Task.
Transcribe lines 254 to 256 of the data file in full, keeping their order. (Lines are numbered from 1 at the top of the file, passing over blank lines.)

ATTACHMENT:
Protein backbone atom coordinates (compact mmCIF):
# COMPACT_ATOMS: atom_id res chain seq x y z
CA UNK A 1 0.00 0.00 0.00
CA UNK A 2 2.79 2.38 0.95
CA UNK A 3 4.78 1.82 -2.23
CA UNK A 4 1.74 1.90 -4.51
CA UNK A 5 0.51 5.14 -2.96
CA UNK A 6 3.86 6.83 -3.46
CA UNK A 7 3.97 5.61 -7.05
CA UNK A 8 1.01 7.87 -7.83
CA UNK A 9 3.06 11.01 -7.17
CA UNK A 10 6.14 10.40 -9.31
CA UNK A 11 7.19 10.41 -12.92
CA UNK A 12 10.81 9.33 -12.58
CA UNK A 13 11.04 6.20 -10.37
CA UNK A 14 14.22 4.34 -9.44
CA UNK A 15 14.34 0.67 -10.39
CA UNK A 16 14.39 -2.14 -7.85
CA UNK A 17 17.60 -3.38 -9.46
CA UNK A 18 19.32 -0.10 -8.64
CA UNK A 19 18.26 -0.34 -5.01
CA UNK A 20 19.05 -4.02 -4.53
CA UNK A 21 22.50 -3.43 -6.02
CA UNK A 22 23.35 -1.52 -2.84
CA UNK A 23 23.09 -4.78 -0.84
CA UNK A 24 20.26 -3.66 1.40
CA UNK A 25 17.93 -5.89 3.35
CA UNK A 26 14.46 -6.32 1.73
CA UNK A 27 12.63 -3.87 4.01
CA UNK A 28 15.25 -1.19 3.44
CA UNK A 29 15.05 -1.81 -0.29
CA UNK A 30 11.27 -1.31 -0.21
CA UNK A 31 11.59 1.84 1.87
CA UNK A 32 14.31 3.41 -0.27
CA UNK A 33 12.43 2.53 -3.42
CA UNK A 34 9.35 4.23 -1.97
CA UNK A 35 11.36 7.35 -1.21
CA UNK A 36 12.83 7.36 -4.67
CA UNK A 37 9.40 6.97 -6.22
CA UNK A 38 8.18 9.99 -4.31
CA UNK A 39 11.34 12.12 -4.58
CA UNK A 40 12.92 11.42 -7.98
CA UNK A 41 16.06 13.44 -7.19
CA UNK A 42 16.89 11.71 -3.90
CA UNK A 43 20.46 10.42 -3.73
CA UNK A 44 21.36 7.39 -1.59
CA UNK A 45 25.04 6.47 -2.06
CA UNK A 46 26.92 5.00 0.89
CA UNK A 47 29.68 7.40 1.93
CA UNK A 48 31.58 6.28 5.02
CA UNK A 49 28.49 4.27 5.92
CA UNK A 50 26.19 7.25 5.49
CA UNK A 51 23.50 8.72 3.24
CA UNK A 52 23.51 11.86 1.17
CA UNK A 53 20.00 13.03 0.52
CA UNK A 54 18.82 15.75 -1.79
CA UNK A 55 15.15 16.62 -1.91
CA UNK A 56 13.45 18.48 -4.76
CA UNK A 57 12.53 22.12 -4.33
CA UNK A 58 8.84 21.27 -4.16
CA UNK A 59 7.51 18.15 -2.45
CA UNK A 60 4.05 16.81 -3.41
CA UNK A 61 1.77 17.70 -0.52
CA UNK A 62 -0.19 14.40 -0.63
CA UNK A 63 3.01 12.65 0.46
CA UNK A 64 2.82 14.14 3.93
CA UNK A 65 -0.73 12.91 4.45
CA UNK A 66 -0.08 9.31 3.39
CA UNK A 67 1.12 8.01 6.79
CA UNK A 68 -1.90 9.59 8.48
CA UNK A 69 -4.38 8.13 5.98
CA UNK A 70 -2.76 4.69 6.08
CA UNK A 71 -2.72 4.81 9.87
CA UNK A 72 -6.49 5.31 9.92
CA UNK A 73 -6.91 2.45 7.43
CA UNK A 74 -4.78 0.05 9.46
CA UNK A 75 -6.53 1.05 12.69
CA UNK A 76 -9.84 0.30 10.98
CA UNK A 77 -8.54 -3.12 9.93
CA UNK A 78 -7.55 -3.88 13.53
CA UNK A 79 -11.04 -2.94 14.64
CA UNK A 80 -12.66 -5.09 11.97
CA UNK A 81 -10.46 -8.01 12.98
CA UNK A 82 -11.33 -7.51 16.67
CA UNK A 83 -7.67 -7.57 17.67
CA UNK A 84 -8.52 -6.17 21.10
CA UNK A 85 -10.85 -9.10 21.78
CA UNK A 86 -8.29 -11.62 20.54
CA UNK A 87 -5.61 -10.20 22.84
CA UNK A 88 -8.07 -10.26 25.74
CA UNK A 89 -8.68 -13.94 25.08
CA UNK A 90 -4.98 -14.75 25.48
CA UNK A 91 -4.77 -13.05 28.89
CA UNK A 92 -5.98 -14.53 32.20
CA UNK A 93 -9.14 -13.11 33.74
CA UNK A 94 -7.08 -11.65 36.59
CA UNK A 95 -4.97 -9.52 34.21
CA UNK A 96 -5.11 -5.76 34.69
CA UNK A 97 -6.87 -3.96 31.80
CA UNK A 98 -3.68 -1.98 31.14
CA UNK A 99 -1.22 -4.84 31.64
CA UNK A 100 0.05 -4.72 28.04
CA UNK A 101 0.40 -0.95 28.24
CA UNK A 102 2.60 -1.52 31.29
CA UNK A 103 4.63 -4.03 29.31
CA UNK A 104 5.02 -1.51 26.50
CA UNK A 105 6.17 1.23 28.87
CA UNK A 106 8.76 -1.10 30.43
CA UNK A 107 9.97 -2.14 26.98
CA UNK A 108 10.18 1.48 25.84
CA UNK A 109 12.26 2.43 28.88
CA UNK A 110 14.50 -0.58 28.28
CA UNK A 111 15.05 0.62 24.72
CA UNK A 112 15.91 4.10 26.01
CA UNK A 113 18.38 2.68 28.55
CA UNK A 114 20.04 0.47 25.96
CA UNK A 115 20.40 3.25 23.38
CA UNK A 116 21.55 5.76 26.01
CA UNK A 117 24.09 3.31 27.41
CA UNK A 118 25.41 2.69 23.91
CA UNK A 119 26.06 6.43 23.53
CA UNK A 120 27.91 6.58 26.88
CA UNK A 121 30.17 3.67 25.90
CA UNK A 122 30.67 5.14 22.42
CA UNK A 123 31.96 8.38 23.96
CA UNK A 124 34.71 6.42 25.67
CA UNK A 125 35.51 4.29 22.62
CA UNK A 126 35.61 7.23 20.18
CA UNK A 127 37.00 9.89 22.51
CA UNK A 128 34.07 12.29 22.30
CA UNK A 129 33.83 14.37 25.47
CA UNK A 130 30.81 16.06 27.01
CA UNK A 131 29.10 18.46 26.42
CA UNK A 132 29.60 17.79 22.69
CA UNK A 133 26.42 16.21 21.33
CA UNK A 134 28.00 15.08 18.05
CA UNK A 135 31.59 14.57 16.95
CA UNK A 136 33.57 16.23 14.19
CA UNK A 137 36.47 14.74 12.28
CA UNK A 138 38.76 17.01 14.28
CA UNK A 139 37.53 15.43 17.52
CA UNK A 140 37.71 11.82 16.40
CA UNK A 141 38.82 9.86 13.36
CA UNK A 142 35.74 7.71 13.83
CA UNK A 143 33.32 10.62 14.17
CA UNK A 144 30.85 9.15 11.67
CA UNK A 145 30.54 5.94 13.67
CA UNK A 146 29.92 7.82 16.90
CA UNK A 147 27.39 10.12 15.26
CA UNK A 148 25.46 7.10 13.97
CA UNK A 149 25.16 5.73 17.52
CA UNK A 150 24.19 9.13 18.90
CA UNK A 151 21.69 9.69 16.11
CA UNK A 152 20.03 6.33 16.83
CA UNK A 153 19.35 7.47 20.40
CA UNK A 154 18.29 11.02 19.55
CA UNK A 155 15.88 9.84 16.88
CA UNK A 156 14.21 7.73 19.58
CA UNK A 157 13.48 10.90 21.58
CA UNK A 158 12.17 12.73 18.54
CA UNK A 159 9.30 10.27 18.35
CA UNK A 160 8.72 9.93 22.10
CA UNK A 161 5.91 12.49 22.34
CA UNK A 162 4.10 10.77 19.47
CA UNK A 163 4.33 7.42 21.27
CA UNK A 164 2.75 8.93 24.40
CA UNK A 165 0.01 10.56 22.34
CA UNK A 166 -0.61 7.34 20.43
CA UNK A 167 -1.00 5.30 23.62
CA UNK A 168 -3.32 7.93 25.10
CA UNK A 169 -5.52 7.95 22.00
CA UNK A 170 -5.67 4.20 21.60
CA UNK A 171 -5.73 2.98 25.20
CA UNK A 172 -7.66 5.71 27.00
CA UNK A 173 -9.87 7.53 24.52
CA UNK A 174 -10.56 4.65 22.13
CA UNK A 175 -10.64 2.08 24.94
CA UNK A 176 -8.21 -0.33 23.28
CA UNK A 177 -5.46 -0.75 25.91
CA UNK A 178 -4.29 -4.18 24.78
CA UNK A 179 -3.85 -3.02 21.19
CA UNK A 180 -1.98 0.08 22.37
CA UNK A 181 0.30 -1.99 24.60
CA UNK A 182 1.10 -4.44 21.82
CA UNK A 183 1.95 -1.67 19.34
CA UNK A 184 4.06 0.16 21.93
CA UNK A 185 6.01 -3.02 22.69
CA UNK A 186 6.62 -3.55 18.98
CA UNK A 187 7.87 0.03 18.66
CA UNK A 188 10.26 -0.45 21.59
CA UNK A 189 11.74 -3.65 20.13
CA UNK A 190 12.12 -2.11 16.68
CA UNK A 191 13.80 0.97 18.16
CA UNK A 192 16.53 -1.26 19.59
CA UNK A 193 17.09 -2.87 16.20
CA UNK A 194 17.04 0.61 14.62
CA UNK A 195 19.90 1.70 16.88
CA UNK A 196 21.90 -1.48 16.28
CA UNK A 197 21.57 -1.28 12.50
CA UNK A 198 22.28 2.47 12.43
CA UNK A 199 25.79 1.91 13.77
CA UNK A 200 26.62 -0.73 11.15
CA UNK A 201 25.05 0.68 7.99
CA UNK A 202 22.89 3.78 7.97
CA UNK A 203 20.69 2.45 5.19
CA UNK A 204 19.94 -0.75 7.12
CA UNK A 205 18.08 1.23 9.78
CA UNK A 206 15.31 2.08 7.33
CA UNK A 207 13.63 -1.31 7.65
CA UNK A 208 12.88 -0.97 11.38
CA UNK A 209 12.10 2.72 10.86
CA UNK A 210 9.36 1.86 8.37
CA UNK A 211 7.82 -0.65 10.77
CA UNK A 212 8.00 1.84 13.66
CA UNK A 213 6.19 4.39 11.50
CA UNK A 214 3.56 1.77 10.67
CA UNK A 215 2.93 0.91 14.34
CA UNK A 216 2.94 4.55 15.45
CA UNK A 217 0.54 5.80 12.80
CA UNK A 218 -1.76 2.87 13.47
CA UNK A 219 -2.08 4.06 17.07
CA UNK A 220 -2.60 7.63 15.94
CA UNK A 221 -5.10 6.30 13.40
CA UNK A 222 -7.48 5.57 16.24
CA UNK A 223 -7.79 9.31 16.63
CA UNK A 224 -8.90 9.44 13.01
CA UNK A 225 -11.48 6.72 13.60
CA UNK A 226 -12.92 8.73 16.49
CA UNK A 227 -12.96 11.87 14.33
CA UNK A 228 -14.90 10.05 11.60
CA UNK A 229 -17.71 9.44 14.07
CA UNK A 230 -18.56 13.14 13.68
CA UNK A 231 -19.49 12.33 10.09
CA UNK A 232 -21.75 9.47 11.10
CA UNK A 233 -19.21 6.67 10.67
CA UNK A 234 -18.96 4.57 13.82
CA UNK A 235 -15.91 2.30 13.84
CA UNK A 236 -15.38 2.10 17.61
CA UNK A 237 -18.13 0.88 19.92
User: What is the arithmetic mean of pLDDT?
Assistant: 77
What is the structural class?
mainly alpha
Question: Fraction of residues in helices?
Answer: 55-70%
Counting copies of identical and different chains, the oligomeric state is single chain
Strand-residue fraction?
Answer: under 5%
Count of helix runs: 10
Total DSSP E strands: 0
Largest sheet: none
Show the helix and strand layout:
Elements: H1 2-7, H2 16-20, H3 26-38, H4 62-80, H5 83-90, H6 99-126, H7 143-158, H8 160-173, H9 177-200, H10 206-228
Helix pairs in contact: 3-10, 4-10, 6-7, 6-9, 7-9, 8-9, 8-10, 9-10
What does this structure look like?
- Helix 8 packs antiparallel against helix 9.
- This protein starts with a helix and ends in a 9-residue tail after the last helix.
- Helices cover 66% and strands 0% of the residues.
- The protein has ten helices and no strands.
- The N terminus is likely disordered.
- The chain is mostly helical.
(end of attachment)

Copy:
Helix pairs in contact: 3-10, 4-10, 6-7, 6-9, 7-9, 8-9, 8-10, 9-10
What does this structure look like?
- Helix 8 packs antiparallel against helix 9.